On-site soils, off-site soil as control site
7 on-site soil samples (n=21) & 1 off-site soil (background) (n=3)
at 3 depths 0.2m, 0.5m, & 1.0m.
On-site soil samples will be taken in a rough grid pattern; off-site
soil (background) will be taken from the adjacent northwest farm paddock
from at least 50m distance from the site boundary.
Chain of custody documentation for samples; photographs of the sample
locations and other points of interest; update site layout map showing
Sample results to determine the existence of on-site CCA/B & trace
Confirmation of location of UST dump site & boiler ash.
1: Possible excavation of test pits for dump site.
2: Test pits for UST &.Boiler ash.
What are the potential receptors that might be affected by the contaminants
In a level 1 assessment it is normally a straightforward
procedure to identify and characterise on-site human receptors. While this
process is not necessarily straightforward for ecological receptors, it is often
sufficient to only broadly identify them. Relevant ecological benchmark criteria
generally ensure the protection of sensitive species. However, despite this
level of assurance, it is worth thinking about the range of ecological receptors
that could be exposed to your contaminant of concern at an early stage in the
risk assessment process.
For example soil biota may include plants, animals and fungi
that may all be affected to a greater or lesser degree by soil contamination. Of
the soil fauna, some may simply live in or on the soil, others may consume the
soil or organic litter on the ground surface, and each may be exposed to a
contaminant through a very different exposure pathway.
For the XYZ Enterprises site, possible receptors include:
On-site workers & site visitors
Off-site residents downwind
Groundwater users; and
River and estuary users (e.g contact and non-contact
recreation, fishers / mahinga kai) possibly affected through interaction
with water and/or consumption of wildlife. To confirm or otherwise at a
Soil Biota: The site has been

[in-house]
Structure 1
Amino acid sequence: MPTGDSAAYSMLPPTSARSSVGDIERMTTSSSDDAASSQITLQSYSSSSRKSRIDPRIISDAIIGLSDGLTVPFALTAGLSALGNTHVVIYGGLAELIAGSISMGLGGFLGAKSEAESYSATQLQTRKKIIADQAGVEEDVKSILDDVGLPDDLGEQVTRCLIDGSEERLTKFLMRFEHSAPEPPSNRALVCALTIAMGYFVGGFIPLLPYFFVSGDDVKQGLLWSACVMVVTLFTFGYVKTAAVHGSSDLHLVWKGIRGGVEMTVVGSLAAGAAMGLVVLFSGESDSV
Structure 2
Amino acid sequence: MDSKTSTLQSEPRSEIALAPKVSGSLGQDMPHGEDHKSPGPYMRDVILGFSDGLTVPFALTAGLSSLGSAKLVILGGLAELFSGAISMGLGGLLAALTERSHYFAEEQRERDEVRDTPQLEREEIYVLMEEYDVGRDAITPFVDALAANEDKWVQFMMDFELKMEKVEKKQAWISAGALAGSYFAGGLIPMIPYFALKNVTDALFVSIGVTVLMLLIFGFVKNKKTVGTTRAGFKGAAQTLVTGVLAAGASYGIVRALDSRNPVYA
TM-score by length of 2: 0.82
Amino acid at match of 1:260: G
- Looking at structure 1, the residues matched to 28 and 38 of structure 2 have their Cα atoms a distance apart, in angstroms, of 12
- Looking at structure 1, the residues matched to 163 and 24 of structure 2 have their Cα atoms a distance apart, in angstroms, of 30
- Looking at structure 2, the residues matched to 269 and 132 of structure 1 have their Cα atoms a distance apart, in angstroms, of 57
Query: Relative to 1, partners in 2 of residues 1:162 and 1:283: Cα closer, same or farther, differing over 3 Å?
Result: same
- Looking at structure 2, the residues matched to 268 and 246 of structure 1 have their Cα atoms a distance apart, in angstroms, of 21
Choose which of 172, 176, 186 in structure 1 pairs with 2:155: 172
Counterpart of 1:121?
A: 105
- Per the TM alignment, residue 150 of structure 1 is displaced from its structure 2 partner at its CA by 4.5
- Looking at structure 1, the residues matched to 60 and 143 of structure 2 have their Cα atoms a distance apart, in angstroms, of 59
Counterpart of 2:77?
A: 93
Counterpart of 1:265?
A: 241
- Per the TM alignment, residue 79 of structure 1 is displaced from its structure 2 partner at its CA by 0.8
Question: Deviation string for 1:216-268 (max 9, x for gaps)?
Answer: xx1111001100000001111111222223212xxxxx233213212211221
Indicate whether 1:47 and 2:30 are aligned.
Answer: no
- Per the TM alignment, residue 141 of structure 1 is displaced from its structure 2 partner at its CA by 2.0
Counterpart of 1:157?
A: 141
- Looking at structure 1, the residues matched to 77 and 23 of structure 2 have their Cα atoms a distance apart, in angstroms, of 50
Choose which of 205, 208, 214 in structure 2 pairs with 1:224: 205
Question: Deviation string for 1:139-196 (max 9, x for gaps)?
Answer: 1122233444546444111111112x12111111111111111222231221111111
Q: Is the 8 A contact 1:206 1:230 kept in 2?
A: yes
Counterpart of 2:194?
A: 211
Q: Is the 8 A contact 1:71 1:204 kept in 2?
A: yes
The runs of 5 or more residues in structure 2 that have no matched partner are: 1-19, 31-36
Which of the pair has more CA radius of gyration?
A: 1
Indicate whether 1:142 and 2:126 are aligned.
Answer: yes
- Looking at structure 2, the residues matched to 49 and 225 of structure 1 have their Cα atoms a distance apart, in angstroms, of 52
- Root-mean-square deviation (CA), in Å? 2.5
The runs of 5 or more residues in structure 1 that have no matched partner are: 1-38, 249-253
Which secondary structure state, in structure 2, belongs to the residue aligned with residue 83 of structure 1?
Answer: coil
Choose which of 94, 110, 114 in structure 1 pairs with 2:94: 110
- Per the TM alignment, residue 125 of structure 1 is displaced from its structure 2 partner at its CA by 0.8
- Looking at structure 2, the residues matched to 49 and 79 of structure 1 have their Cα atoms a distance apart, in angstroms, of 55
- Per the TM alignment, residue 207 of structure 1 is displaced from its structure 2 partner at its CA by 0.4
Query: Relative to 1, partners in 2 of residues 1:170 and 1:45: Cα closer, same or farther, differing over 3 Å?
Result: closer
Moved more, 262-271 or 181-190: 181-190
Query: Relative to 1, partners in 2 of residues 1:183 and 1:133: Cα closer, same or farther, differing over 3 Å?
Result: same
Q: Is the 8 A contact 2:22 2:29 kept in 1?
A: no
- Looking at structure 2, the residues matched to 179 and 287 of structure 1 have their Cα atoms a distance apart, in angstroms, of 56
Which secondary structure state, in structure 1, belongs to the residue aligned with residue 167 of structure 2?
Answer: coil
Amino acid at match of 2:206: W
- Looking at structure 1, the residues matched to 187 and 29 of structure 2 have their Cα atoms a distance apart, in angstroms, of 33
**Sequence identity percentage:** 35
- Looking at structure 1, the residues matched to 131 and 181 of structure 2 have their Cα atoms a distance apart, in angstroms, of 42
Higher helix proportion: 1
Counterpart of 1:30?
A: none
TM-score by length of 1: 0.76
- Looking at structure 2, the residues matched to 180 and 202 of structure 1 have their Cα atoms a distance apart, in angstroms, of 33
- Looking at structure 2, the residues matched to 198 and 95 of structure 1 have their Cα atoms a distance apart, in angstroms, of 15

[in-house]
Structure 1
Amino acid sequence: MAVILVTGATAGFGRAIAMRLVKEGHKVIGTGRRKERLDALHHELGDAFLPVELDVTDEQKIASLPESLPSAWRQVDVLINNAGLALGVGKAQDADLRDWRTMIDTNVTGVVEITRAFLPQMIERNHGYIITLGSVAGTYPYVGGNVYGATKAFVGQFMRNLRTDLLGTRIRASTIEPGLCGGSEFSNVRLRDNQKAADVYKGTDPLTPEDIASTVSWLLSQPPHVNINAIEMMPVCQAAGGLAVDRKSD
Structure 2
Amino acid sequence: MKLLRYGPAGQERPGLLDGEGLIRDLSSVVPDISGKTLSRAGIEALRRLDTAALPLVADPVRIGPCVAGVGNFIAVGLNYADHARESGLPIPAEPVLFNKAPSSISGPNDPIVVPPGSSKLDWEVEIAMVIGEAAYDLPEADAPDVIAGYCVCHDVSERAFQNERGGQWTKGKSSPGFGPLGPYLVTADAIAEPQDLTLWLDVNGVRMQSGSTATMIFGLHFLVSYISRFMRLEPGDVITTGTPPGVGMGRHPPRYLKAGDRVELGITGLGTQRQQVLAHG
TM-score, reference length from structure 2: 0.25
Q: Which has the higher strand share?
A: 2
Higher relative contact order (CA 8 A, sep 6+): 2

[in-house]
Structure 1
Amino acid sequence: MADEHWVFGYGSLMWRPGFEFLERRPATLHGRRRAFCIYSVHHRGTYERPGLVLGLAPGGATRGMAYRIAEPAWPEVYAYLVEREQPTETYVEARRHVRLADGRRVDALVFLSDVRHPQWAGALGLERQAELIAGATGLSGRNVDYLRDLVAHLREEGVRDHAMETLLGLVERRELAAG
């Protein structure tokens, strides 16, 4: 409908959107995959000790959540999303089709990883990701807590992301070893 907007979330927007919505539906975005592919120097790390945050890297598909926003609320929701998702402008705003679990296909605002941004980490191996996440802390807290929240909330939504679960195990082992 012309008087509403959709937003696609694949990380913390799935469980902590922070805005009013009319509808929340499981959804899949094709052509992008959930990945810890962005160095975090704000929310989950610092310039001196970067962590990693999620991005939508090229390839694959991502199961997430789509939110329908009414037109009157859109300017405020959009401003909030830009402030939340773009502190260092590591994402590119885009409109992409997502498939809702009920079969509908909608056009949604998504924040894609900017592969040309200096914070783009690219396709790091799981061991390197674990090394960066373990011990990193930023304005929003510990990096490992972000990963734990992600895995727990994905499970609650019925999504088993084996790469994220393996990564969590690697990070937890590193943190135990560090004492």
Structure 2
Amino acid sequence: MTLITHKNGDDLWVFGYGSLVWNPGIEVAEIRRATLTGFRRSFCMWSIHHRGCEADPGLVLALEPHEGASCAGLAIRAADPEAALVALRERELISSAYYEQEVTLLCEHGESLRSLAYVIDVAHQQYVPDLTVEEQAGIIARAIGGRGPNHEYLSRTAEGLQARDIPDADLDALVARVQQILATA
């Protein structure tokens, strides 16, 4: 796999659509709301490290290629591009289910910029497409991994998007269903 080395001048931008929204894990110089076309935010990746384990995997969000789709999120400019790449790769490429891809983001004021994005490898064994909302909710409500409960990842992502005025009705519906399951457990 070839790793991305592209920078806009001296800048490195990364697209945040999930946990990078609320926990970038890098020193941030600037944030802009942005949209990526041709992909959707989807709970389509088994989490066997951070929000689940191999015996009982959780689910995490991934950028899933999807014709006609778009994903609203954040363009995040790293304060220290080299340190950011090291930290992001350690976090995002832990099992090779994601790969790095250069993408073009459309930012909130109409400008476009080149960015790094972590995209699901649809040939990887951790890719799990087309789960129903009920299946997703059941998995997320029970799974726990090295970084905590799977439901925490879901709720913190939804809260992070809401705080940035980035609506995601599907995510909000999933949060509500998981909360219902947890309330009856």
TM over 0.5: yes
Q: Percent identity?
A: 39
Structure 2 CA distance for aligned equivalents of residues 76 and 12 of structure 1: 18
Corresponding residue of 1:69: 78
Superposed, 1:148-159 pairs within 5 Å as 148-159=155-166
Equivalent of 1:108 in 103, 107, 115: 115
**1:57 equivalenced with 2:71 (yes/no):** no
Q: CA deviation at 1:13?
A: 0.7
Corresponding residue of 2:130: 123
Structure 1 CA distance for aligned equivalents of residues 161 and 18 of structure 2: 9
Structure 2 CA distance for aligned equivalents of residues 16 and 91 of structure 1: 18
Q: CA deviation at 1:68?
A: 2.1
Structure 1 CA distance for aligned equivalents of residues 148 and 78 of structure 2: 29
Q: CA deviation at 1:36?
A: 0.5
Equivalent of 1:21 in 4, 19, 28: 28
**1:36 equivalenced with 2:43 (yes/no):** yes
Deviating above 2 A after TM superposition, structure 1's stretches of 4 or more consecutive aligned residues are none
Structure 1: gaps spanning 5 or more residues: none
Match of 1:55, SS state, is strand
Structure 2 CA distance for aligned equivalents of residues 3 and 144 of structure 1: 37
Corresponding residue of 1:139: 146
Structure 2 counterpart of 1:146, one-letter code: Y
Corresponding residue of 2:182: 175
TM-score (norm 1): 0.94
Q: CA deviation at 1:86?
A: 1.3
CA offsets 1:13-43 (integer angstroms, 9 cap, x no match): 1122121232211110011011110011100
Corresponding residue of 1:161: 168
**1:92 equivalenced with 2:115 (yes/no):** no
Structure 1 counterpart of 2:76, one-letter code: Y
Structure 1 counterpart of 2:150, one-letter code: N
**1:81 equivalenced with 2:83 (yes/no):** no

an industrial site since the 1960s. Soil biota assumed to be limited to common
robust species with little off-site migration. Overgrown grass and weeds are
present in places on-site and soil fauna and flora are of moderate concern as
Drain Biota: Limited
instream habitat, some weeds on bank, prolific algae. No fish or other fauna
observed. Sprayed regularly by council staff. Sediment in-fauna, if present
Riparian (riverbank) Biota:
The riverbanks are steep at this location. No apparent indigenous
species or other riparian habitat of note (e.g blackberry). No receptors of
Downwind Habitat: No apparent
habitat of note downwind. Mainly industrial properties. No receptors identified.
ABC River: ABC River as
main receptor of concern. Include migrating fish, resident fish/eels, aquatic
insects. Possible sediment in-fauna.
Wetland Biota: 450m
downstream of the site includes raupo, reeds, willows, sedges, and waterfowl
ducks, occasional seagulls, rare bittern (DOC records), frogs, aquatic insects,
eels. No receptors of immediate concern. Migration and/or feeding in and around
site may require confirmation at level 2/3 if drain or river biota affected.
Intertidal Biota: 1.5km
downstream of the site where river exists to sea via a channel. Narrow
intertidal area on both sides of the channel. No known shellfish beds or other
habitat of note. No receptors of immediate concern.
In summary, ecological receptors of immediate concern at XYZ
Wetland and intertidal biota are not identified as receptors
of concern at this stage. They may need to be revisited later if adverse impacts
are identified for aquatic biota in the ABC River (Risk Management Decision).
What concentrations of the contaminants of concern might the receptors be
At level 1 the assessment of exposure is incorporated into the
criteria against which you are assessing your contaminants of concern. These
criteria have been developed for one or several potential exposure pathways and
they may or may not be relevant to the conditions at your site.